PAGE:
11:25 a.m.:The TomTom maps and car kit for the iPhone will be available this summer, but we’re not getting price talk at all.
11:27 a.m.:Ngmoco’s Neil Young, another game maker, is up. He’s talking up StarDefense, a new 3D game. Ngmoco is also taking advantage of buying new expansion packs of levels within the game.
11:29 a.m.:The appmaker parade continues. Educational science equipment maker Pasco is now up.
11:30 a.m.:Oops, first demo fail by Pasco. They were trying to blow up a balloon and show how the pressure increases, but it refused to inflate. Oh well, they move on.
11:34 a.m.:Kent says what everyone here is thinking: “One and a half hours in and time is beginning to get short. New iPhone please?”
11:35 a.m.:Zipcar gets its turn onstage to demo its app. Using geocoding, Zipcar users get a map readout of the location of available cars to rent. They can see what type of car it is, plus price and spec. Reservations can also be made via the app. When searching for the car you’ve reserved, you can cause the car’s horn to make an alert sound. When you find the car, you can unlock it via the app.
11:37 a.m.:Forstall promises just one more demo. It’s two companies: Line 6 and Planet Waves. Their app lets users control a guitar and an amp right from an iPhone.
11:38 a.m.: Uh oh, second demo fail. The guitar is supposed to be switched to sound like an acoustic instrument via the app, but it still sounds electric. Oops.
11:41 a.m.:Forstall reappears. He says the Line 6 app is cool, and assures us it totally worked before even though it didn’t work that well just now.
11:43 a.m.:iPhone OS 3.0 is free for iPhone customers, but $9.95 for first- and second-gen iPod Touch owners. Will be available worldwide June 17. And developers in the developer program get the near-final version today.
11:44 a.m.:Forstall is done. Schiller reappears onstage. Let’s see how they end this. He’s talking about the iPhone 3G, saying it changed how people think about their phones. Phones used to be “crappy devices,” he says.
11:45 a.m.:Schiller shows a graph indicating that 65 percent of mobile browsing is done on an iPhone or iPod Touch. That stat might be a bit dubious given Opera’s claims of having more mobile usage than Apple.
11:46 a.m.:Meet the new iPhone 3GS (the S stands for speed). It has the same design as iPhone 3G from last summer, but what’s inside is entirely new. Messaging apps, games, attachments all load faster, Schiller says.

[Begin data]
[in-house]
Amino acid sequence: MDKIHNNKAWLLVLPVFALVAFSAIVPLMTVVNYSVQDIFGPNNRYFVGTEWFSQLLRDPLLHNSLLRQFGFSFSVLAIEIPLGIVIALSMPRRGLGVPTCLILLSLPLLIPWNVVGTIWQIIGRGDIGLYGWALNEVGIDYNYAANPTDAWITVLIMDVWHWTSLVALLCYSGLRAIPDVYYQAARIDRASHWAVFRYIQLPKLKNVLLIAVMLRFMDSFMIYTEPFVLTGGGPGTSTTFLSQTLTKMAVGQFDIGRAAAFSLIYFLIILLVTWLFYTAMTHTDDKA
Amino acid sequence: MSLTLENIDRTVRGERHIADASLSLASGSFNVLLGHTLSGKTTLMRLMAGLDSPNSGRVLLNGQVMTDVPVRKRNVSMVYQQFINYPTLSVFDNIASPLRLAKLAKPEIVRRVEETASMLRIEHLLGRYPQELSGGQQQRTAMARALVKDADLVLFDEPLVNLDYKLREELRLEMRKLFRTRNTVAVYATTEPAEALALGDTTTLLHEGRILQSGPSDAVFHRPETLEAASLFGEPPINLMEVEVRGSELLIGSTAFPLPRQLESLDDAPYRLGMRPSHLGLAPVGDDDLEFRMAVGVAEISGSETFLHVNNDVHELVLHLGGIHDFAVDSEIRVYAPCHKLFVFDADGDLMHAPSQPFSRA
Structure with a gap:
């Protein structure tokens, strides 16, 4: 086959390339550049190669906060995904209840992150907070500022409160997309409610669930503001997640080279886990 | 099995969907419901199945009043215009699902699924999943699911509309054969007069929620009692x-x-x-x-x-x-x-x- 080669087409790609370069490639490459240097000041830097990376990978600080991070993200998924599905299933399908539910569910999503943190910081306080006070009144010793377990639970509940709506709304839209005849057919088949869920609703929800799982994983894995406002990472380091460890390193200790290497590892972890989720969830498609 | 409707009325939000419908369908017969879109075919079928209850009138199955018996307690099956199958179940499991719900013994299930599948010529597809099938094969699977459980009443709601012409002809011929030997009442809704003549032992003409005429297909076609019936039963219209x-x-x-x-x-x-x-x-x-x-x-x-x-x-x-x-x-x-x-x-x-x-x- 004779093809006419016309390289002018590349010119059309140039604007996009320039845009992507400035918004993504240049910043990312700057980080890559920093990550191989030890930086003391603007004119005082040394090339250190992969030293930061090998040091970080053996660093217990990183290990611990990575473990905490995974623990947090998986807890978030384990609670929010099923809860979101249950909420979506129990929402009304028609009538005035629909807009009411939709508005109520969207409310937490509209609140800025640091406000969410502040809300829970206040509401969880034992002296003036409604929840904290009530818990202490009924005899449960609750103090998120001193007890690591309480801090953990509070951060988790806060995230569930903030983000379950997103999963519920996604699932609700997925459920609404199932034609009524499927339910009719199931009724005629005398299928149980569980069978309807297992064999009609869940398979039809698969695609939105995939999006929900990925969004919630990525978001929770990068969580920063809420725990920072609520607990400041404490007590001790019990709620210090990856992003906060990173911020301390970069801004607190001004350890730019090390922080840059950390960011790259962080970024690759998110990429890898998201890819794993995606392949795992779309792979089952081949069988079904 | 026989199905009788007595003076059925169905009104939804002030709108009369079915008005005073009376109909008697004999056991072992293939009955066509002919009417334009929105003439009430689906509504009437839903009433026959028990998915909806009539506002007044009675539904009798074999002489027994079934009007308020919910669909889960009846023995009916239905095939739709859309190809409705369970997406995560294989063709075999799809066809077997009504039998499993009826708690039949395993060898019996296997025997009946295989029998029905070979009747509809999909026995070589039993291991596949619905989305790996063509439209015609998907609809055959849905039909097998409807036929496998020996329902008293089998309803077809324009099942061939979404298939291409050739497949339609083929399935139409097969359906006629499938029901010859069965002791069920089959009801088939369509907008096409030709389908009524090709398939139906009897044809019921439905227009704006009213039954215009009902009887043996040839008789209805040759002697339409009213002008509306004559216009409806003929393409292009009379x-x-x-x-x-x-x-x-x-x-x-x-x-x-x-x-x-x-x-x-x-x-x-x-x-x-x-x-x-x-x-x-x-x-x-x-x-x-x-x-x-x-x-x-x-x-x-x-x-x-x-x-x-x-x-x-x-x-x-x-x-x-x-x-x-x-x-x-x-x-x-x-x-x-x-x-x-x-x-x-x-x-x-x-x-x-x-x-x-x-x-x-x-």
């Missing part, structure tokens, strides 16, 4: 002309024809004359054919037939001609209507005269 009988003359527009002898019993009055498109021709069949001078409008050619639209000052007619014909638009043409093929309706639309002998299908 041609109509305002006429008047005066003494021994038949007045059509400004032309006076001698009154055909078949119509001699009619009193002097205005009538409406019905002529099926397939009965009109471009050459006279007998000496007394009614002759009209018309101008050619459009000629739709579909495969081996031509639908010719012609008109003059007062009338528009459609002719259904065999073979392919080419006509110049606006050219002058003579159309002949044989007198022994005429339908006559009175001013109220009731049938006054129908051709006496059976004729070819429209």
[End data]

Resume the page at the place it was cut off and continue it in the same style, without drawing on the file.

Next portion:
11:48 a.m.:They’ve gauged the speeds measured on iPhone 3GS using OS 3.0 software.
11:49 a.m.:3GS is ready for AT&T’s faster 3G network, Apple says. As expected, there’s a better built-in camera too, a 3-megapixel autofocus camera.
11:50 a.m.: There’s a feature called “Tap to Focus.” Can tap an item in a photo, and it focuses immediately. There’s better light sensitivity, so you can take indoor photos better. There’s also auto macro focus. And it captures video, he says. The crowd loves it.
11:51 a.m.: A new switch in the bottom of the camera app allows you to choose still or video. There’s auto focus, auto white balance, and auto exposure for both still and video.
11:53 a.m.: You can edit the videos by tapping with your finger. Also, you can send videos via e-mail or text–if your carrier supports it, Schiller says. Developers can also build video cameras right into their applications.
11:54 a.m.: Now he’s talking voice control. Wave form shows voice amplitude directly onscreen. “It took two years to get native voice dialing? Ridiculous,” Kent says.
11:55 a.m.:Clever: You can ask your phone “What song is playing?” and it will tell you. Also, can tell the phone, “Use Genius playlist to play more songs like this.” Digital compass, as widely rumored, is indeed in the new iPhone. The iPhone 3GS has a built-in digital compass.
11:56 a.m.:There’s a compass app. With it, you can tap the screen and it will orient the map you are looking at to face north. Kent says, “Compass looks pretty cool. Speaking of location, will we get geotagging of photos?”
11:57 a.m.:Schiller says NikePlus will have built-in support. Can track runs, and choose songs. Businesses want hardware encrypted, now the iPhone 3GS will have it. This is back to the remote-wipe feature. Also, battery life is extended. “Hallelujah,” says Kent.
11:58 a.m.:The phone has between zero and 50 percent better battery life on video, Wi-Fi usage, and talk time.
11:59 a.m.:Price: $199 for 16GB and $299 for 32GB, which is what we expected. There will indeed be a $99 iPhone. It’s 8GB.
12 p.m.:There are more affordable phones now. There will indeed be a $99 iPhone. It’s 8GB. This will allow more people to get an iPhone now, Schiller says. The $99 version starts today; the iPhone 3GS will be available June 19. Just a week and a half.
There will be rolling launches every couple of weeks until the phone reaches 80 countries by August. U.S. is obviously getting it on the first day June 19. “A short wait this time. Nice indeed,” Kent says.
12:02 p.m.:They’re showing us the new TV ad for the new iPhone.
12:04 p.m.:Schiller wraps up and reviews what we’ve gone over so far today: the MacBook Pro lineup, Snow Leopard, iPhone OS 3.0, and iPhone 3GS.